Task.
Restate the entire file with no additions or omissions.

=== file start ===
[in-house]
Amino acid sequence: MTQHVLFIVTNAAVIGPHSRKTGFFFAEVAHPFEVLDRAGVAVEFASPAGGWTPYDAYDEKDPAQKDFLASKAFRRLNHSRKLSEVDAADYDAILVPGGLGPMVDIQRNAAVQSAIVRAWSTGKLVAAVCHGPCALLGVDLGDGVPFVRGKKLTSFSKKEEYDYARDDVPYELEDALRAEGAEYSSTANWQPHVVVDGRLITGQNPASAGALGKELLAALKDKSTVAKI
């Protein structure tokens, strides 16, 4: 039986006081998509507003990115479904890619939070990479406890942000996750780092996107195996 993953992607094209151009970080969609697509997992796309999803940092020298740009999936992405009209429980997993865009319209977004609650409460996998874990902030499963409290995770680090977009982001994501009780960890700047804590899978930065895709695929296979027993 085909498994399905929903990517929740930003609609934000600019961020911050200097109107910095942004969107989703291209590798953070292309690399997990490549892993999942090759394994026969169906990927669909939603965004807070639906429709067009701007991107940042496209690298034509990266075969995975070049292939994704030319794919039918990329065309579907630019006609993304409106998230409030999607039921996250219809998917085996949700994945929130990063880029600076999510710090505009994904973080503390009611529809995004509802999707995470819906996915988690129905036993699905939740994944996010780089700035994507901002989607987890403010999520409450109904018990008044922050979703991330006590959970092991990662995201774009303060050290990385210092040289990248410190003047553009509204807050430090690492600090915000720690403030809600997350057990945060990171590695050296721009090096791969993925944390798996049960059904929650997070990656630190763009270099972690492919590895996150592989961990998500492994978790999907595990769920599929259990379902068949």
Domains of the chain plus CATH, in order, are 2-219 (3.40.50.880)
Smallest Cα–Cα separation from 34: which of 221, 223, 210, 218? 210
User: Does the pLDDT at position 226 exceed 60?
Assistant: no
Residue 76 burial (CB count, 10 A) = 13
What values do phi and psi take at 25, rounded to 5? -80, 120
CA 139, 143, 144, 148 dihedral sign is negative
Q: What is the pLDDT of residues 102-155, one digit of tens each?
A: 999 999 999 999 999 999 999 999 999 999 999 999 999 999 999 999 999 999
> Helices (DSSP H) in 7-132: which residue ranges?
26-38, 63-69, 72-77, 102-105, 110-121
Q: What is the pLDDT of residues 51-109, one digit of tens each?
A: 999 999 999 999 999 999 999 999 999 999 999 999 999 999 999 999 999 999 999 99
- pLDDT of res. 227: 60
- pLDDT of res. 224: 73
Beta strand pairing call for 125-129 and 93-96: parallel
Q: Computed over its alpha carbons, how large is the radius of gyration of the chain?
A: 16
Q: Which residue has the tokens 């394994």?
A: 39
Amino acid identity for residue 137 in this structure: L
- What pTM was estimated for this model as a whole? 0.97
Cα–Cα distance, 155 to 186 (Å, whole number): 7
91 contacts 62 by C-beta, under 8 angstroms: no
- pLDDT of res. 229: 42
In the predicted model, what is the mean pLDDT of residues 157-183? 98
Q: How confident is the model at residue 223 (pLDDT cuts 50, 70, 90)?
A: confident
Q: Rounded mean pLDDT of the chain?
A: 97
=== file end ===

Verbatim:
[in-house]
Amino acid sequence: MTQHVLFIVTNAAVIGPHSRKTGFFFAEVAHPFEVLDRAGVAVEFASPAGGWTPYDAYDEKDPAQKDFLASKAFRRLNHSRKLSEVDAADYDAILVPGGLGPMVDIQRNAAVQSAIVRAWSTGKLVAAVCHGPCALLGVDLGDGVPFVRGKKLTSFSKKEEYDYARDDVPYELEDALRAEGAEYSSTANWQPHVVVDGRLITGQNPASAGALGKELLAALKDKSTVAKI
């Protein structure tokens, strides 16, 4: 039986006081998509507003990115479904890619939070990479406890942000996750780092996107195996 993953992607094209151009970080969609697509997992796309999803940092020298740009999936992405009209429980997993865009319209977004609650409460996998874990902030499963409290995770680090977009982001994501009780960890700047804590899978930065895709695929296979027993 085909498994399905929903990517929740930003609609934000600019961020911050200097109107910095942004969107989703291209590798953070292309690399997990490549892993999942090759394994026969169906990927669909939603965004807070639906429709067009701007991107940042496209690298034509990266075969995975070049292939994704030319794919039918990329065309579907630019006609993304409106998230409030999607039921996250219809998917085996949700994945929130990063880029600076999510710090505009994904973080503390009611529809995004509802999707995470819906996915988690129905036993699905939740994944996010780089700035994507901002989607987890403010999520409450109904018990008044922050979703991330006590959970092991990662995201774009303060050290990385210092040289990248410190003047553009509204807050430090690492600090915000720690403030809600997350057990945060990171590695050296721009090096791969993925944390798996049960059904929650997070990656630190763009270099972690492919590895996150592989961990998500492994978790999907595990769920599929259990379902068949």
Domains of the chain plus CATH, in order, are 2-219 (3.40.50.880)
Smallest Cα–Cα separation from 34: which of 221, 223, 210, 218? 210
User: Does the pLDDT at position 226 exceed 60?
Assistant: no
Residue 76 burial (CB count, 10 A) = 13
What values do phi and psi take at 25, rounded to 5? -80, 120
CA 139, 143, 144, 148 dihedral sign is negative
Q: What is the pLDDT of residues 102-155, one digit of tens each?
A: 999 999 999 999 999 999 999 999 999 999 999 999 999 999 999 999 999 999
> Helices (DSSP H) in 7-132: which residue ranges?
26-38, 63-69, 72-77, 102-105, 110-121
Q: What is the pLDDT of residues 51-109, one digit of tens each?
A: 999 999 999 999 999 999 999 999 999 999 999 999 999 999 999 999 999 999 999 99
- pLDDT of res. 227: 60
- pLDDT of res. 224: 73
Beta strand pairing call for 125-129 and 93-96: parallel
Q: Computed over its alpha carbons, how large is the radius of gyration of the chain?
A: 16
Q: Which residue has the tokens 């394994």?
A: 39
Amino acid identity for residue 137 in this structure: L
- What pTM was estimated for this model as a whole? 0.97
Cα–Cα distance, 155 to 186 (Å, whole number): 7
91 contacts 62 by C-beta, under 8 angstroms: no
- pLDDT of res. 229: 42
In the predicted model, what is the mean pLDDT of residues 157-183? 98
Q: How confident is the model at residue 223 (pLDDT cuts 50, 70, 90)?
A: confident
Q: Rounded mean pLDDT of the chain?
A: 97